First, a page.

If your nurse does not ask the appropriate questions such as your explanation of the surgery to be performed and who is performing the procedure, and which side if there is one- then it is within your patient rights to question the nurse and ask why they are not making sure you are fully informed.
    Another issue that bothers me professionally is the "time out" that we perform after our patient is asleep, one last final check before the knife drops. It has been my experience that all persons in the room do NOT stop what they are doing and listen and concur even with repeated attempts of saying the patient name, procedure, site and allergies, antibiotics if any. Are they're any other OR nurses out there experiencing the same problem. This is for our patients safety. Most patients do not know about this step but it is an important one.We ask if the proper films/xrays are available, correct site/side/procedure. I believe that wrong site surgeries could be prevented if the surgeons and surgical staff took this step more seriously and performed it according to the guidelines set forth by JCAHO.

    RN for patient advocacy
    Michelle Bunch

    November 3, 2009 at 2:01 pm |
  13. G Whipple

    April 7 2008 Doctor at Cleveland Clinic / Pain Management Dept Took me in the medical procedure room, he read the Allergy Alert Braclet placed on me by the nurse. Then they proceeded to inject into my spine two of the ingredients listed on the the Alert Braclet.

    November 3, 2009 at 2:14 pm |
  14. anonymous2u

    There are answers to this problem in the industrial engineering world, but it's not in [Health Care Professionals] training, therefore, they don't know what it is and they don't recognize it when they see it. I told at least 12 people on the way into surgery that I can't have monocryl stitches, it was in my chart and on my armband. I got monocryl stitches anyway. There are intelligent ways to stop this. They don't even try. They don't know how. It's not in their training. They are reprimanded when things go wrong, which is pretty late in the process to do anything useful. They need to look at their PROCESSES more clearly. Reprimanding people after its too late isn't all that useful. Health Care is notorious (due to lawsuits) for blaming PEOPLE. People make mistakes, but more often, PROCESSES are what actually need to be looked at.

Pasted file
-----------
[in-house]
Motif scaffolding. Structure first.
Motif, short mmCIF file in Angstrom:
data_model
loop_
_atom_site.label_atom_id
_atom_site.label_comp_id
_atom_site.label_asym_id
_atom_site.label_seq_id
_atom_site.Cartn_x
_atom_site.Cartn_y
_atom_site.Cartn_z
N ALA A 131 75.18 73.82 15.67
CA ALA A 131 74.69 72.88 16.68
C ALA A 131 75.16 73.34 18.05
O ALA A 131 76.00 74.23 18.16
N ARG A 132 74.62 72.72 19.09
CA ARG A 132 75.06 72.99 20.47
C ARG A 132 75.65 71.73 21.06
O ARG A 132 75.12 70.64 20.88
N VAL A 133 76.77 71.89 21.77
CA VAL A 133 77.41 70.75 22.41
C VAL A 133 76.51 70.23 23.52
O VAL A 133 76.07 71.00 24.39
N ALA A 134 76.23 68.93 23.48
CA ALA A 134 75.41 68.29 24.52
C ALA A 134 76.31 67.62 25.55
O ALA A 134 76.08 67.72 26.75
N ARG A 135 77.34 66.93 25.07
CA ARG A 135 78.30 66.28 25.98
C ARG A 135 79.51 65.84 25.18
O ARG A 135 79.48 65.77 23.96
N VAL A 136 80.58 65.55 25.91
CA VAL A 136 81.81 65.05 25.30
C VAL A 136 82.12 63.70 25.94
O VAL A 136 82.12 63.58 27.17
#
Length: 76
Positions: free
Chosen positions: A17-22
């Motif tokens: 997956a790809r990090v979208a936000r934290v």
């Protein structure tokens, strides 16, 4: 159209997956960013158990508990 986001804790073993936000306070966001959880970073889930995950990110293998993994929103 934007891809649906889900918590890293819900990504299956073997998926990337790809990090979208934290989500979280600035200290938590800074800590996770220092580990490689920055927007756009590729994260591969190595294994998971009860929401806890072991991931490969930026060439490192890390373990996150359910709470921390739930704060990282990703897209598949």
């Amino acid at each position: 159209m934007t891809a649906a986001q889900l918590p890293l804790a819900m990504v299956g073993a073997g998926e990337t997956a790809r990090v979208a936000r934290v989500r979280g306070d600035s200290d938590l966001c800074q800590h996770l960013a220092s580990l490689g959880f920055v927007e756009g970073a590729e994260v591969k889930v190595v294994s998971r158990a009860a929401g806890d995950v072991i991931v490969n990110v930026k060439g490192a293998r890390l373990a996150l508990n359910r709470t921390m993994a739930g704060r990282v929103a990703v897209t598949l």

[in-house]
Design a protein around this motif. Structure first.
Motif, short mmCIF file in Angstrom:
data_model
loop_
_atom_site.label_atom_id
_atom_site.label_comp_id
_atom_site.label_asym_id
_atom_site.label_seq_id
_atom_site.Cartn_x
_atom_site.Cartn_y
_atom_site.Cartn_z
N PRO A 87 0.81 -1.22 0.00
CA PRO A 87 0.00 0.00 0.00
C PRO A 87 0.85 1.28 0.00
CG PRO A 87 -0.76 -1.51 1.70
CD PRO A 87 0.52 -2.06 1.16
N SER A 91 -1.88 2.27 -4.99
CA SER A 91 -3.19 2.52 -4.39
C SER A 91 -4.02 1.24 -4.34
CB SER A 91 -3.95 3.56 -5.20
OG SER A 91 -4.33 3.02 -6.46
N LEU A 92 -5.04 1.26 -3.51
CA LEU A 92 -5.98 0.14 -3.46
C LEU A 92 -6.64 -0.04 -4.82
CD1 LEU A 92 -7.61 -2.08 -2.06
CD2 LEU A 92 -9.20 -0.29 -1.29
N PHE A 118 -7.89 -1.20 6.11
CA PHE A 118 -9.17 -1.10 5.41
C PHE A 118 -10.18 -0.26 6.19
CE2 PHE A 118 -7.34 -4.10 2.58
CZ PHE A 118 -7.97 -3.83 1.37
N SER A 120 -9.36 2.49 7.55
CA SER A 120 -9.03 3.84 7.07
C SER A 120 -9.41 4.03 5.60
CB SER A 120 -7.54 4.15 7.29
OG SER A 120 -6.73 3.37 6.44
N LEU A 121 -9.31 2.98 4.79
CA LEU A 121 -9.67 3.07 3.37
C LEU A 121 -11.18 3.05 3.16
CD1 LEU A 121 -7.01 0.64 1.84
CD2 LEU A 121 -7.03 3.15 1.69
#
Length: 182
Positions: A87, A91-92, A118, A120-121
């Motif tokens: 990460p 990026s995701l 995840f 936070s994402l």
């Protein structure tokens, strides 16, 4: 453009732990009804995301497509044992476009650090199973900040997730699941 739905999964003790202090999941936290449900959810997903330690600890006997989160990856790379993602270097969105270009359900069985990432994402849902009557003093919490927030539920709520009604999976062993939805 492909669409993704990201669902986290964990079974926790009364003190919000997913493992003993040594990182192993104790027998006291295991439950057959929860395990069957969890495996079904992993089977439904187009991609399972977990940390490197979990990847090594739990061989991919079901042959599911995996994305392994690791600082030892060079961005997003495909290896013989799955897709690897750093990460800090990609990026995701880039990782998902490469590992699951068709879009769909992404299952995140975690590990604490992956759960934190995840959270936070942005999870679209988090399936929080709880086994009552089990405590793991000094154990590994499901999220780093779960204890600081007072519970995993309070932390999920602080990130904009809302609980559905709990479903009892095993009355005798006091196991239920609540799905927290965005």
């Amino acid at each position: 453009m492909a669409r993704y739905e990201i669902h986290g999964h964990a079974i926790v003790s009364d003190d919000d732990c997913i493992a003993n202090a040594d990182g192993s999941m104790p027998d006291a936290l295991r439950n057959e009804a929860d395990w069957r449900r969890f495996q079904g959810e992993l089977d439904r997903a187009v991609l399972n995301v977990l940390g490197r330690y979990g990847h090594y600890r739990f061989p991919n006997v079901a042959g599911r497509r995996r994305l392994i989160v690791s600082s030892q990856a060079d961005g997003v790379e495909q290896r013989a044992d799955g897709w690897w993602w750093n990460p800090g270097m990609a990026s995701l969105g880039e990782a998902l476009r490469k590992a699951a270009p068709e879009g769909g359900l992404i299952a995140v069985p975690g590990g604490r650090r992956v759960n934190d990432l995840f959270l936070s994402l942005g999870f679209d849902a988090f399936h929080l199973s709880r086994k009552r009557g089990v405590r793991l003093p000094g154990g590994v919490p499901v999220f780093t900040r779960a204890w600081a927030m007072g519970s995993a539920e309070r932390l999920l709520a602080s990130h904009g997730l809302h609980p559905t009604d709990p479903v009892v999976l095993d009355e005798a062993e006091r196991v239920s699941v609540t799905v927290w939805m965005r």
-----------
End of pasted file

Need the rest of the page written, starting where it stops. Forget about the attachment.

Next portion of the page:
November 3, 2009 at 3:20 pm |
  15. anonymous2u

    RN's are a buffer for physician liability. They need better processes. Somehow I think that if I wrote NO MONOCRYL on my chest, they would have covered up the NO and I would have gotten Monocryl anyway. They seem to like Monocryl evidently. My body spits it out. Very difficult to get it to heal for me.

    November 3, 2009 at 3:26 pm |
  16. anonymous2u

    I told at least 12 people on the way in that I couldn't have monocryl. RN's, doctors...didn't matter.

    November 3, 2009 at 3:28 pm |
  17. mike

    I feel for anyone who receives bad care. Honestly, I would have trouble believing some of the stories out there, including mine, if I had not had the experience. That may be why there is not a big uprising concerning the acceptable levels of 'standard of care'.